The coronavirus outbreak is yet to significantly impact international trade along India’s land border. However, passenger movement is distinctly down at most border gates following an embargo on the fresh issue of visas.

The citizens of Nepal and Bhutan do not require a visa in India. The citizens of India and Myanmar can move 16 km inside each other’s territory without any visa.

No unofficial trade at Moreh

India has a total of 4,093 km of land border with these three countries (Nepal 1,751 km, Bhutan 699 km and Myanmar 1,643 km), similar to the length of the partly fenced Bangladesh border. The 3,488 km border with China and 3,323 km with Pakistan are heavily guarded.

According to sources from the Moreh (Manipur) border with Myanmar, people movement has come to a near grinding halt due to the virus scare. While there is barely any official trade through this gate, the Namphalong market on the Myanmarese side is closed to prevent the disease spread.

Namphalong had been a prime attraction for cross-border visitors, accounting for about ₹1,000 crore in unofficial trade between the two countries.

Concern at Nepal border

Bhutan became extremely cautious following the detection of its only Covid-19 case and was the first in the subcontinent to go for self-quarantine. The movement along the border is highly restricted now.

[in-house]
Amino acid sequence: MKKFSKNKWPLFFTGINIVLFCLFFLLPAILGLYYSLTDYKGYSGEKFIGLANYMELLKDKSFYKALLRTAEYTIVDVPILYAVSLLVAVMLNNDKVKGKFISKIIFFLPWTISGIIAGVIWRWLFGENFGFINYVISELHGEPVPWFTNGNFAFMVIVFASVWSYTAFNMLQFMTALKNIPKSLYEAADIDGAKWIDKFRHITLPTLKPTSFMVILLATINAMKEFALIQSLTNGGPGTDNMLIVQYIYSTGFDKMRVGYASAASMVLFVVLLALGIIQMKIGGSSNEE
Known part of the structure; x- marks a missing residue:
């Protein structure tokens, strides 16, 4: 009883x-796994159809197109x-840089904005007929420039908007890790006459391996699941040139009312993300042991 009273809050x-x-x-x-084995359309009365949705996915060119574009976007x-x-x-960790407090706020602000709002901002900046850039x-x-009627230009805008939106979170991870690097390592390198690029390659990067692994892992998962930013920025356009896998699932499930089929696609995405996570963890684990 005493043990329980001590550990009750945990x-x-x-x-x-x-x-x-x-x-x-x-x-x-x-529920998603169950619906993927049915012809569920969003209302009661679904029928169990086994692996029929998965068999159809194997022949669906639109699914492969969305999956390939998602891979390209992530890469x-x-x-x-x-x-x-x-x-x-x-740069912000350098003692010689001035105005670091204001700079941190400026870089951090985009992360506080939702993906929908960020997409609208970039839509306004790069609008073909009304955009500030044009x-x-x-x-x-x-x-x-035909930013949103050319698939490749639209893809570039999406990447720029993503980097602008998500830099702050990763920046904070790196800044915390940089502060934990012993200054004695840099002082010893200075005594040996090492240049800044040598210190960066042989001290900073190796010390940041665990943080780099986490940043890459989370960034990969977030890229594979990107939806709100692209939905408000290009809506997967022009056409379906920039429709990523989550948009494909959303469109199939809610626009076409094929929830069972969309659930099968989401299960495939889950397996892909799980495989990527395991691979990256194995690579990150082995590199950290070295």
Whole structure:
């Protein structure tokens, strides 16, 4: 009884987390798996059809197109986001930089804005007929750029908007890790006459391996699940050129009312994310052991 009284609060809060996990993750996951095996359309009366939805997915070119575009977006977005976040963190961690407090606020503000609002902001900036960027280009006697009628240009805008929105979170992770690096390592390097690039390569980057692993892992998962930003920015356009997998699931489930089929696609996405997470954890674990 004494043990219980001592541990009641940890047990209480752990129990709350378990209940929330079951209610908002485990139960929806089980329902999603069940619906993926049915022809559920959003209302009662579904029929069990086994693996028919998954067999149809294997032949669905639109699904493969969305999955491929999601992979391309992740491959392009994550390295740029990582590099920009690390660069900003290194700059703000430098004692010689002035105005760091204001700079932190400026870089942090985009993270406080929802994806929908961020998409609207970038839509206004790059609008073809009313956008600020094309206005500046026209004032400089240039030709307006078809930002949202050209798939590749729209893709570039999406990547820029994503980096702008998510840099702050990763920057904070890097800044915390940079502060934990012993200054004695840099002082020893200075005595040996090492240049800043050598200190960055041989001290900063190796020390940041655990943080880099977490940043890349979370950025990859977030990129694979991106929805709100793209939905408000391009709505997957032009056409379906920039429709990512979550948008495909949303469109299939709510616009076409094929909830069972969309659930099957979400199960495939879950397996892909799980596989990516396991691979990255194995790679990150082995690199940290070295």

But the Nepal border has remained a cause for concern. Though officially people are expected to cross through designated places, sources suggested that unofficial movement along the border (particularly in Bihar) is continuing unabated.

Officials said all visitors are subjected to a mandatory health scan at Birgunj (Nepal)-Raxaul(Bihar), the largest Indo-Nepal gate. However, Nepalese journalists suggested out of over 5,000 people crossing the border daily, barely 1,000-1,500 are checked.

Activities down at Petrapole

Nepal and Bangladesh share the majority of India’s land border trade and passenger movement. Nepal’s imports, both from India and the rest of the world, hit the slow track in the first half of this fiscal, primarily due to a financial crisis. The situation is now improving.

Though imports from India remained 7 per cent less in January, a third of the country’s imports were distinctly up. At the Birgunj inland container depot, the monthly movement of container rakes (railway wagon) — carrying a third of the country’s cargo, from Kolkata and Visakhapatnam ports — is up nearly 45 per cent.

Goods along the Movgartala-Akhaura border between India and Bangladesh has reportedly gone up over the last two months. But the largest Indo-Bangla gate of Petrapole has been witnessing a 10-20 per cent drop in cargo loading over the past few days. Export cargo arrivals have slowed down, said clearing and forwarding agents at Petrapole.

Meanwhile, passenger movement along the official route is down to bare minimum. India issues nearly 17 lakh visas to Bangladeshis every year. Since March 13, barring special cases including medical emergencies, fresh visas are not issued. However, those who came to India before March 13 are allowed to go back.